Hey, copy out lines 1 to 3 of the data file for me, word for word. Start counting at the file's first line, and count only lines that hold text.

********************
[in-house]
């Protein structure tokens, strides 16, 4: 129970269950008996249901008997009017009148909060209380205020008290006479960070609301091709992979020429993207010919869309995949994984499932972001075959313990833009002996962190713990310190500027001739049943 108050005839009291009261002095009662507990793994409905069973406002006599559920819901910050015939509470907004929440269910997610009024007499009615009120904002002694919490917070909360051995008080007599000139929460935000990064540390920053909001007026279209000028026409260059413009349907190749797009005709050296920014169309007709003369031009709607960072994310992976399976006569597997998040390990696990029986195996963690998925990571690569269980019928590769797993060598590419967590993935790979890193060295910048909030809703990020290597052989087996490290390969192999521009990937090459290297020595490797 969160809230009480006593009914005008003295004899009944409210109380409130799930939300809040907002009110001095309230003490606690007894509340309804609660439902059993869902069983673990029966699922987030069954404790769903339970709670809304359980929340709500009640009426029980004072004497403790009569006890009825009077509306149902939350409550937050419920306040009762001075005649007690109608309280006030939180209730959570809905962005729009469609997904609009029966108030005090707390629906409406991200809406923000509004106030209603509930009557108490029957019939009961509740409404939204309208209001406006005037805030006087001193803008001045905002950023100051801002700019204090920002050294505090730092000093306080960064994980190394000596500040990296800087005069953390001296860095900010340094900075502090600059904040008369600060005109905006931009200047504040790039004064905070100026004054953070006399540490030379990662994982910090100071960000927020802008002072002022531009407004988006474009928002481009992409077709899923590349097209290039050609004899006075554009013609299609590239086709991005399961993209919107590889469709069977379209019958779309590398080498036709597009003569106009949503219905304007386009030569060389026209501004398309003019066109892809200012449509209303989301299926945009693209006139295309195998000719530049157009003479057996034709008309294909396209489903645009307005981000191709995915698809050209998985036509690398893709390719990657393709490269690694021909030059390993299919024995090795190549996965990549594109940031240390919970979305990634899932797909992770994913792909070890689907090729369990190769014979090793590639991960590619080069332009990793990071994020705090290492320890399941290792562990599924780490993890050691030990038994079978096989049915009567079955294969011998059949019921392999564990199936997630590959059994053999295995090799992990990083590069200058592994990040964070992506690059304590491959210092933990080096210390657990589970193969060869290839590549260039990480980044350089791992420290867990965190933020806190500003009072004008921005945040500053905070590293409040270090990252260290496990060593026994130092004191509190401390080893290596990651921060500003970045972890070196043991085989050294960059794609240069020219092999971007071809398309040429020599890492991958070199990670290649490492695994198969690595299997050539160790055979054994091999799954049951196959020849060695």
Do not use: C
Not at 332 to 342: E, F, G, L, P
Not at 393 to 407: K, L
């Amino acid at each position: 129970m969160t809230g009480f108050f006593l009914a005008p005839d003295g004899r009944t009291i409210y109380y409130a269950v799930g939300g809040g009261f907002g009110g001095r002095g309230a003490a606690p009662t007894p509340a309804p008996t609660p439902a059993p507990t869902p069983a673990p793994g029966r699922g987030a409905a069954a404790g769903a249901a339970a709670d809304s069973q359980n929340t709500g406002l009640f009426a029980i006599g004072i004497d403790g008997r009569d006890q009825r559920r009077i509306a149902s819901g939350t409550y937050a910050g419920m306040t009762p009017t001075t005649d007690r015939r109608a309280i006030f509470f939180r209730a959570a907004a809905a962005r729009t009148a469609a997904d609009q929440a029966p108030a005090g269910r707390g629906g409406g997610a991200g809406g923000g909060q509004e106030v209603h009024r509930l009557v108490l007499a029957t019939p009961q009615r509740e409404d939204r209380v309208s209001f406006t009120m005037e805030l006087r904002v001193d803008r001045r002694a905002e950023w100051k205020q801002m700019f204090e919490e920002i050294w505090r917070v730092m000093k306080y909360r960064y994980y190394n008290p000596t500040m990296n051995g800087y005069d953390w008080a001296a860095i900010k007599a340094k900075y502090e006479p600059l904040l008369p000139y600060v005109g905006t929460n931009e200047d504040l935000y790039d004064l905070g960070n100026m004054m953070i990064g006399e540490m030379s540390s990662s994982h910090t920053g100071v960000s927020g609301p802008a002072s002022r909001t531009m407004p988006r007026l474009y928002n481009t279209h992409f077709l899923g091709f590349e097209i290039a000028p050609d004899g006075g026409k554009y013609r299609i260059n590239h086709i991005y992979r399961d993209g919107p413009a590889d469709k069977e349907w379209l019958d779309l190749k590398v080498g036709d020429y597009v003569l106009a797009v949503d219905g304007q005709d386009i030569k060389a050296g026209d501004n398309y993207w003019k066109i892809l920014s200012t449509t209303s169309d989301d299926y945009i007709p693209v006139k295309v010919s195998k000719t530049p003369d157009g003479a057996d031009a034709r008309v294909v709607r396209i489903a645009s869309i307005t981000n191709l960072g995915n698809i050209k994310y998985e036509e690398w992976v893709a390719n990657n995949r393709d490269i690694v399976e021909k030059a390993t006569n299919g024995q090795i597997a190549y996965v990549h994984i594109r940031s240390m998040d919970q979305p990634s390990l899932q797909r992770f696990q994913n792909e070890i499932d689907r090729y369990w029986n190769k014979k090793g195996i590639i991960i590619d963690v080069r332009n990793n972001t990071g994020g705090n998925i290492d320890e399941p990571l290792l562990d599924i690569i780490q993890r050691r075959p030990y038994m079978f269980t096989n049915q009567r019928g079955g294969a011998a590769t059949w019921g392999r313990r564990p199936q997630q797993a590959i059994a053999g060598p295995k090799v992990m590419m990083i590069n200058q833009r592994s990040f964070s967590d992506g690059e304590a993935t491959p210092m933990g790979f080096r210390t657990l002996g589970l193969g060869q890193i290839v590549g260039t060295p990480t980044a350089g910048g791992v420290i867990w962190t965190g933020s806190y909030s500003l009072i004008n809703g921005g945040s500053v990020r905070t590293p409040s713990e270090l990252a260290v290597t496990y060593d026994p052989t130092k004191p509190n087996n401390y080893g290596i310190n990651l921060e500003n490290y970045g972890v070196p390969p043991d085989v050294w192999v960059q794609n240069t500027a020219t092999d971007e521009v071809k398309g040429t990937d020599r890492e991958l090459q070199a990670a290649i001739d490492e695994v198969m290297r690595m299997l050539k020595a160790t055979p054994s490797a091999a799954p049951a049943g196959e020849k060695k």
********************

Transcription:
[in-house]
């Protein structure tokens, strides 16, 4: 129970269950008996249901008997009017009148909060209380205020008290006479960070609301091709992979020429993207010919869309995949994984499932972001075959313990833009002996962190713990310190500027001739049943 108050005839009291009261002095009662507990793994409905069973406002006599559920819901910050015939509470907004929440269910997610009024007499009615009120904002002694919490917070909360051995008080007599000139929460935000990064540390920053909001007026279209000028026409260059413009349907190749797009005709050296920014169309007709003369031009709607960072994310992976399976006569597997998040390990696990029986195996963690998925990571690569269980019928590769797993060598590419967590993935790979890193060295910048909030809703990020290597052989087996490290390969192999521009990937090459290297020595490797 969160809230009480006593009914005008003295004899009944409210109380409130799930939300809040907002009110001095309230003490606690007894509340309804609660439902059993869902069983673990029966699922987030069954404790769903339970709670809304359980929340709500009640009426029980004072004497403790009569006890009825009077509306149902939350409550937050419920306040009762001075005649007690109608309280006030939180209730959570809905962005729009469609997904609009029966108030005090707390629906409406991200809406923000509004106030209603509930009557108490029957019939009961509740409404939204309208209001406006005037805030006087001193803008001045905002950023100051801002700019204090920002050294505090730092000093306080960064994980190394000596500040990296800087005069953390001296860095900010340094900075502090600059904040008369600060005109905006931009200047504040790039004064905070100026004054953070006399540490030379990662994982910090100071960000927020802008002072002022531009407004988006474009928002481009992409077709899923590349097209290039050609004899006075554009013609299609590239086709991005399961993209919107590889469709069977379209019958779309590398080498036709597009003569106009949503219905304007386009030569060389026209501004398309003019066109892809200012449509209303989301299926945009693209006139295309195998000719530049157009003479057996034709008309294909396209489903645009307005981000191709995915698809050209998985036509690398893709390719990657393709490269690694021909030059390993299919024995090795190549996965990549594109940031240390919970979305990634899932797909992770994913792909070890689907090729369990190769014979090793590639991960590619080069332009990793990071994020705090290492320890399941290792562990599924780490993890050691030990038994079978096989049915009567079955294969011998059949019921392999564990199936997630590959059994053999295995090799992990990083590069200058592994990040964070992506690059304590491959210092933990080096210390657990589970193969060869290839590549260039990480980044350089791992420290867990965190933020806190500003009072004008921005945040500053905070590293409040270090990252260290496990060593026994130092004191509190401390080893290596990651921060500003970045972890070196043991085989050294960059794609240069020219092999971007071809398309040429020599890492991958070199990670290649490492695994198969690595299997050539160790055979054994091999799954049951196959020849060695």
Do not use: C